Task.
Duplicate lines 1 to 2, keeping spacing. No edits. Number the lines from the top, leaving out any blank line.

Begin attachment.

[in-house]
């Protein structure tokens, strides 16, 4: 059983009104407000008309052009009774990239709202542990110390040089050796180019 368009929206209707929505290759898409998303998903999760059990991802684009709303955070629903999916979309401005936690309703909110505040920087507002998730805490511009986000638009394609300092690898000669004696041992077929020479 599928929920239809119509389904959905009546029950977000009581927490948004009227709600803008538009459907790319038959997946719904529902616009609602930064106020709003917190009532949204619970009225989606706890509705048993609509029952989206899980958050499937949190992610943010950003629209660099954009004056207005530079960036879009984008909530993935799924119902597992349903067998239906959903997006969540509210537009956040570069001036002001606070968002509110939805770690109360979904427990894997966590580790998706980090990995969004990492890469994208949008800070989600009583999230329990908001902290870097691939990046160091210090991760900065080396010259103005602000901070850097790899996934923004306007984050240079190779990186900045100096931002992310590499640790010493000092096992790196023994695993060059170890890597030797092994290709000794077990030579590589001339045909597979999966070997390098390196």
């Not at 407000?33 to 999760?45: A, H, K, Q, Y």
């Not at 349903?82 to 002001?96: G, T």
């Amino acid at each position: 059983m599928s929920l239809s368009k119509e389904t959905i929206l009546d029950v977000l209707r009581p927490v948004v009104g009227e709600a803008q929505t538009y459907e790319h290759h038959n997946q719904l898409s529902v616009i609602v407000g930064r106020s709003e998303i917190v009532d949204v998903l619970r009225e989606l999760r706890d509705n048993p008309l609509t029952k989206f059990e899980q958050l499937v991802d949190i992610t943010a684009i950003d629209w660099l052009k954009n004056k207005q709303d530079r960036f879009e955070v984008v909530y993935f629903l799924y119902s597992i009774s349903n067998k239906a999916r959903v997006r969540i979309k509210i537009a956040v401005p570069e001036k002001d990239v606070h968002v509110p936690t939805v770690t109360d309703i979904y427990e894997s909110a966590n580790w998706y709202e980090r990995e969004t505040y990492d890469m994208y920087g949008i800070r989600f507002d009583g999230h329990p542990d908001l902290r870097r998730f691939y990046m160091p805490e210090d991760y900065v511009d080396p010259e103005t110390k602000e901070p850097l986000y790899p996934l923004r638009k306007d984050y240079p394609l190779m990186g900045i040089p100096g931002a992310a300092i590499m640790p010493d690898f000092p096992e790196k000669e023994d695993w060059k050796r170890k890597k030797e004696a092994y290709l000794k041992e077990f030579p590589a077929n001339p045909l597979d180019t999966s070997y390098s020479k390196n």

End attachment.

[in-house]
């Protein structure tokens, strides 16, 4: 059983009104407000008309052009009774990239709202542990110390040089050796180019 368009929206209707929505290759898409998303998903999760059990991802684009709303955070629903999916979309401005936690309703909110505040920087507002998730805490511009986000638009394609300092690898000669004696041992077929020479 599928929920239809119509389904959905009546029950977000009581927490948004009227709600803008538009459907790319038959997946719904529902616009609602930064106020709003917190009532949204619970009225989606706890509705048993609509029952989206899980958050499937949190992610943010950003629209660099954009004056207005530079960036879009984008909530993935799924119902597992349903067998239906959903997006969540509210537009956040570069001036002001606070968002509110939805770690109360979904427990894997966590580790998706980090990995969004990492890469994208949008800070989600009583999230329990908001902290870097691939990046160091210090991760900065080396010259103005602000901070850097790899996934923004306007984050240079190779990186900045100096931002992310590499640790010493000092096992790196023994695993060059170890890597030797092994290709000794077990030579590589001339045909597979999966070997390098390196």